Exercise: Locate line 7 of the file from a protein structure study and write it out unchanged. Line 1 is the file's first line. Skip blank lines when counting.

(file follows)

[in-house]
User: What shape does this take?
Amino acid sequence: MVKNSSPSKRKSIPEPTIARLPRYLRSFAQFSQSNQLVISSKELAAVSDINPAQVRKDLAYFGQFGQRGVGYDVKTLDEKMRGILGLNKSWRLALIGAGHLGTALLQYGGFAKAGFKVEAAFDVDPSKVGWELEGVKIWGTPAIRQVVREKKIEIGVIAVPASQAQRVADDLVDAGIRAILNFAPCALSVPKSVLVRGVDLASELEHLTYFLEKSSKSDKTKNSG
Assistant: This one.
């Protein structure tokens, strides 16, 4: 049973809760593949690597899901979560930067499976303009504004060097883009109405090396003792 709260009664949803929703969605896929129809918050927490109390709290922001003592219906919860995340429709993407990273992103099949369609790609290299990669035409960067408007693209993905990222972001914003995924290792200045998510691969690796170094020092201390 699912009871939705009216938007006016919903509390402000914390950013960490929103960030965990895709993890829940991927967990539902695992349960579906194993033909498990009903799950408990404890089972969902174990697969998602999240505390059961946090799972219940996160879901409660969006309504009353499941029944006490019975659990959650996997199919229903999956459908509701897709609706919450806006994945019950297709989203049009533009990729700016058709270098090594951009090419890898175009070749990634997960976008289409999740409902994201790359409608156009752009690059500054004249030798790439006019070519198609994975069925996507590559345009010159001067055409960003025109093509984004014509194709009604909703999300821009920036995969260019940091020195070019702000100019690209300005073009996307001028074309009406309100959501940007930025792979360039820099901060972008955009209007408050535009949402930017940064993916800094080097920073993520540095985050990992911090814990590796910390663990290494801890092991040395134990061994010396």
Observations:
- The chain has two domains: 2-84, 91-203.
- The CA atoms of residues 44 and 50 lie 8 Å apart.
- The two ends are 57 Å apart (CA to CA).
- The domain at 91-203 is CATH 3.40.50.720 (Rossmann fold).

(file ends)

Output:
- The chain has two domains: 2-84, 91-203.